Cooperatives are autonomous, self-help organisations controlled by their members. If they enter into agreements with other organisations, including governments, or raise capital from external sources, they do so on terms that ensure democratic control by their members and maintain their cooperative autonomy.

5. Education, Training, and Information

Cooperatives provide education and training for their members, elected representatives, managers, and employees so they can contribute effectively to the development of their co-operatives. They inform the general public - particularly young people and opinion leaders - about the nature and benefits of co-operation.

6. Cooperation among Cooperatives

Cooperatives serve their members most effectively and strengthen the cooperative movement by working together through local, national, regional and international structures.

7. Concern for Community

Cooperatives work for the sustainable development of their communities through policies approved by their members.

References

Ackerman, B. (2008). Stakeholder Society. Yale University Press.

Baglioni, G., & Catino, M. (1999). Operai e ingegneri. Bologna: Il Mulino.

Bandini, F. (2004). Le cooperative sociali di tipo B e le politiche attive del lavoro. Rimini: Maggioli.

Borzaga, C. (2015). Economia cooperativa. Rilevanza, evoluzione e nuove frontiere della cooperazione italiana. Euricse.

Borzaga, C. (2018). Cooperative da riscoprire. Donzelli.

Carroll, A., Brown, J., & Buchholtz, A. (1993). Business & society. Cincinnati: South West.

Cesarini, F., Ferri, G., & Giardino, M. (1997). Credito e sviluppo. Bologna: Il Mulino.

Coda, V. (1988). Per una nuova cultura d'impresa. Aggiornamenti Sociali, 2/3.

Degl'Innocenti, M. (1988). Il movimento cooperativo nella storia d'Europa. Milano: Angeli.

Desroche, H. (1988). Il progetto cooperativo. Milano: Jaca Book.

Drucker, P. (1939). The End of Economic Man. New York: The John Day Company.

Drucker, P. (1942). The Future of Industrial Man. New York: The John Day Company.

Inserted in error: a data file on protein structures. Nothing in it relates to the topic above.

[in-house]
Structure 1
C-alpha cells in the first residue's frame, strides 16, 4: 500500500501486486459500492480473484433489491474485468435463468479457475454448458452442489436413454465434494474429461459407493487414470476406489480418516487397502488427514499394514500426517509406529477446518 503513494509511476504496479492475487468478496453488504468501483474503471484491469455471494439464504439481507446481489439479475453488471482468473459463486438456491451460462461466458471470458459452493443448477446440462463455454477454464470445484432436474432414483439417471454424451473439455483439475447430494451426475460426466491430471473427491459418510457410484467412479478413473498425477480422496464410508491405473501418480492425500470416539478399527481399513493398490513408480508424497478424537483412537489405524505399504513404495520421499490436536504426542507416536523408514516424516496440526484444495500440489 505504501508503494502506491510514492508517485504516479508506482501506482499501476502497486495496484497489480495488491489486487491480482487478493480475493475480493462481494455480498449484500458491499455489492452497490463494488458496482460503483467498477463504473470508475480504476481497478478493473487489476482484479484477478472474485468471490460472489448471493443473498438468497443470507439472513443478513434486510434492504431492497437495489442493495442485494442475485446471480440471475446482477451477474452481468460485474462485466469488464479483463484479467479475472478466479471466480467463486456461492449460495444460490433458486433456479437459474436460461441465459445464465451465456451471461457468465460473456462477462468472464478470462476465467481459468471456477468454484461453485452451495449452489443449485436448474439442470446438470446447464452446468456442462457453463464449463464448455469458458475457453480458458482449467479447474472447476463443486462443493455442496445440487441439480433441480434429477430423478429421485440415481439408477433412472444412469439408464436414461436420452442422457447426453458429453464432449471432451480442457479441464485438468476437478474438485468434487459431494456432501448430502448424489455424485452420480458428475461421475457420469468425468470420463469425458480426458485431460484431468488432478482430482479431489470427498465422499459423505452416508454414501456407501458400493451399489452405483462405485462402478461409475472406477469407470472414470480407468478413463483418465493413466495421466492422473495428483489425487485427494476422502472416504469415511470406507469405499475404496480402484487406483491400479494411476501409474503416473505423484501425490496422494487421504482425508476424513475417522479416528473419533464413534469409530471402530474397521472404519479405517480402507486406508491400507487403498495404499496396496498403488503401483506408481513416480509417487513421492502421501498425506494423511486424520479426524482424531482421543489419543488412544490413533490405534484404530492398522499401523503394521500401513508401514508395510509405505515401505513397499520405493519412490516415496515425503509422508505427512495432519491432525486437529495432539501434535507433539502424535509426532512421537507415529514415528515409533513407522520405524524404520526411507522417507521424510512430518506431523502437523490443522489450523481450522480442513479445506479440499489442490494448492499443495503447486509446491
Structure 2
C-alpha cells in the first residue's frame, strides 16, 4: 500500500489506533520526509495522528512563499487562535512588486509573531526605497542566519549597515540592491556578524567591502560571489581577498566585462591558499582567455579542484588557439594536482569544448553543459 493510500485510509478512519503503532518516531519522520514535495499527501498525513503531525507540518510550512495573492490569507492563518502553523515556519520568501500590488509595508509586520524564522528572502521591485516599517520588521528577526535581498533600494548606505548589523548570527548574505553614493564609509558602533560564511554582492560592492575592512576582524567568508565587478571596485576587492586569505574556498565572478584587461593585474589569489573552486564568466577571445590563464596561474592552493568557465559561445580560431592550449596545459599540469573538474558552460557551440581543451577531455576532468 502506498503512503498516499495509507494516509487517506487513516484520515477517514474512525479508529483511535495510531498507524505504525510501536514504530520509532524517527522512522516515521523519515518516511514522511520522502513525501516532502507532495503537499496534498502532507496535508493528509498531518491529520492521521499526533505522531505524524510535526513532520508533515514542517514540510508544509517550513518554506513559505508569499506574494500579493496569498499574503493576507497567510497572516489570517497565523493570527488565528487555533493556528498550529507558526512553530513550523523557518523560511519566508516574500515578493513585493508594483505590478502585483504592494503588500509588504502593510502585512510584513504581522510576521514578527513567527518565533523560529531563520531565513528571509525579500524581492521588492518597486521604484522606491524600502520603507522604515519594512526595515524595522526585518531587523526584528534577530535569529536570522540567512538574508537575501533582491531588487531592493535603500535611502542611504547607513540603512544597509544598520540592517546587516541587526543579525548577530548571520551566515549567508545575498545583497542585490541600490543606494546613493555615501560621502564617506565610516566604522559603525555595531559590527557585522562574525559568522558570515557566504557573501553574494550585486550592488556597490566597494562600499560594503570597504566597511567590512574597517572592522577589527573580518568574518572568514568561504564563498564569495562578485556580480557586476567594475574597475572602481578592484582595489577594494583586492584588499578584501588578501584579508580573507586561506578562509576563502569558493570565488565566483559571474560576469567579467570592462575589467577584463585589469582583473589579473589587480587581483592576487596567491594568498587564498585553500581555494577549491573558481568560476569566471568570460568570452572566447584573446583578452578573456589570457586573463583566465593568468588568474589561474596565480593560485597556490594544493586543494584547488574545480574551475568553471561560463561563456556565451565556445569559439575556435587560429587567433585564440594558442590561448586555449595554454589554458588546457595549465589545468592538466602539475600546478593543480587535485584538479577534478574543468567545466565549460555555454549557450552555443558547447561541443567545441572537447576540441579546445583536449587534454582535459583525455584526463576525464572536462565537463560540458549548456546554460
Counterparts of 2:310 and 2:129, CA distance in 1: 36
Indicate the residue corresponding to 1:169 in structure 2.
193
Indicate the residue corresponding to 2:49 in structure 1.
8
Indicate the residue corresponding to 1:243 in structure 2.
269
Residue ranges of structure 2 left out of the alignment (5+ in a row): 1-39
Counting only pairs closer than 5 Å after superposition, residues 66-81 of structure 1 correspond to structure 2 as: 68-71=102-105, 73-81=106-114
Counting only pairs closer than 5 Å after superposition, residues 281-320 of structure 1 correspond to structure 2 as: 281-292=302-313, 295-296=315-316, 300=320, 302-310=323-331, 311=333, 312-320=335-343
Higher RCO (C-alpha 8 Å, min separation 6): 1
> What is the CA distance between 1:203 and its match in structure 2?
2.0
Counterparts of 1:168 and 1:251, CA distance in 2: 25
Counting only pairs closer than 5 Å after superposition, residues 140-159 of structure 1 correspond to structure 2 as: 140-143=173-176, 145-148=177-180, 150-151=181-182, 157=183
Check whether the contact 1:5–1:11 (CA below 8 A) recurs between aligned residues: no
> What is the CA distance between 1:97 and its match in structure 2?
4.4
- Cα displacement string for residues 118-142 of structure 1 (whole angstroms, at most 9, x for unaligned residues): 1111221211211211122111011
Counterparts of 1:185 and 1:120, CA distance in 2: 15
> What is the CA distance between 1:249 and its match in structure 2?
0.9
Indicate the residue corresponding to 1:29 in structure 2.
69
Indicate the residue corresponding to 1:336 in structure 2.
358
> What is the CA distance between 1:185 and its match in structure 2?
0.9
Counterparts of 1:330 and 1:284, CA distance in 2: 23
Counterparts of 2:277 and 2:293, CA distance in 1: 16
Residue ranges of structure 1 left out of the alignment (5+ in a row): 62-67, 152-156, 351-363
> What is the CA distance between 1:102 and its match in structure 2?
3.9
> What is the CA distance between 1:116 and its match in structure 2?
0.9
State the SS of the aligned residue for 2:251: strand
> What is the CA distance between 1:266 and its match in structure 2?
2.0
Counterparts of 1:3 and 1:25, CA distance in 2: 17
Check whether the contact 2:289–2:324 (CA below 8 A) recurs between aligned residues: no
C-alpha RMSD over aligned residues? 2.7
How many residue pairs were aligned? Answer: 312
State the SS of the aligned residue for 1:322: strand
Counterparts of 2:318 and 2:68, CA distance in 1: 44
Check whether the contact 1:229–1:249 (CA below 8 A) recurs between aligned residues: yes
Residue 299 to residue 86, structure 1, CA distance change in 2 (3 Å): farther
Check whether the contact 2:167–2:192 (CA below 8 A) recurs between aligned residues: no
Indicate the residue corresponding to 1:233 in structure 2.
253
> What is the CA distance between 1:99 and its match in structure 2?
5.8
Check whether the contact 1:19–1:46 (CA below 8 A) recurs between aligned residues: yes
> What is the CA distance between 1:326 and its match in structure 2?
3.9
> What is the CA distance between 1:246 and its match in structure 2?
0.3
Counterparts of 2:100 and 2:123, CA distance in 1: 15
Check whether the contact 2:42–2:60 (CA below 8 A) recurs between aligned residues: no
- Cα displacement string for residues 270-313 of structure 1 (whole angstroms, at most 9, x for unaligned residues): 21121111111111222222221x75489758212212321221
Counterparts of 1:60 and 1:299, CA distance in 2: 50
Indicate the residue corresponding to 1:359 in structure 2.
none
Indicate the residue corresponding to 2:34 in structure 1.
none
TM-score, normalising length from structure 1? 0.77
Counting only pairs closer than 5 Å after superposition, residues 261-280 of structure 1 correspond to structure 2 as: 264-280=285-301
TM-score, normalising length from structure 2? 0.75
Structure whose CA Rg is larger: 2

European Commission. (2001). Promoting a European framework for corporate social responsibility. Brussels.

Freeman, R. (1984). Strategic Management:a Stakeholder Approach. Pitman Publishing.

Friederick, W. (1988). Business and Society. McGraw Hill.

Giacomini, D., Chiaf, E., & Mazzoleni, M. (2016). How to measure performance in cooperatives?: A Multiple Case Study. In S. Nedelko, M. Ucan & V. Potocan, Handbook of Research On Managerial Solutions In Non-Profit Organizations.. Hershey, PA: IGI Global.

Italia Constitution. (1948).

Maier, F., Meyer, M., & Steinbereithner, M. (2014). Nonprofit Organizations Becoming Business-Like. Nonprofit And Voluntary Sector Quarterly, 45 (1), 64-86. doi: 10.1177/0899764014561796

Masini, C. (1979). Lavoro e risparmio. Torino: UTET.

Mazzoleni, M. (1996). L'azienda cooperativa. Bologna: Cisalpino.

Mazzoleni, M. (2006). Il profitto come indicatore della responsabilità sociale d’impresa. In G. Rusconi & M. Dorigatti, Impresa e Responsabilità sociale. Milano: FrancoAngeli.

Mori, P. (2015). Economia della cooperazione e del non-profit. Rome: Carocci.

Pickering, H., Crawford, J., & McLelland, D. (1996). The stakeholder approach to the construction of performance measures. [London]: British Library Research and Innovation Centre.

Shiller, R. (2012). Finance and the good society. Princeton, N.J.: Princeton University Press.

Szekely, F., & Dossa, Z. (2017). Beyond the Triple Bottom Line: Eight Steps Toward a Sustainable Business Model. London: Mitpress.

What is a cooperative? | ICA. (2019). Retrieved 11 November 2019, from https://www.ica.coop/en/cooperatives/what-is-a-cooperative

Zamagni, S. (2005). Per una teoria economico-civile dell’impresa cooperativa.

Second part: Cooperatives and profit

2. Profit and corporate social responsibility (Mario Mazzoleni)

The socially responsible company is characterized by the application of logics, practices and tools aimed at satisfying the needs and demands of different stakeholders (Mazzoleni, 2006). What role, or should it assume, in these companies the creation of economic value and, therefore, profit? Does it represent a finality or a means that acts as a driving force for the achievement of the most varied and multiple objectives of a company?

The risk involved in this historical phase is that of falling into the pendulum trap, while it must remain evident that a socially responsible company must include, among its priority objectives, the creation of economic value that allows it to activate a virtuous circle. with the practices of social responsibility in order to create the best conditions to last over time.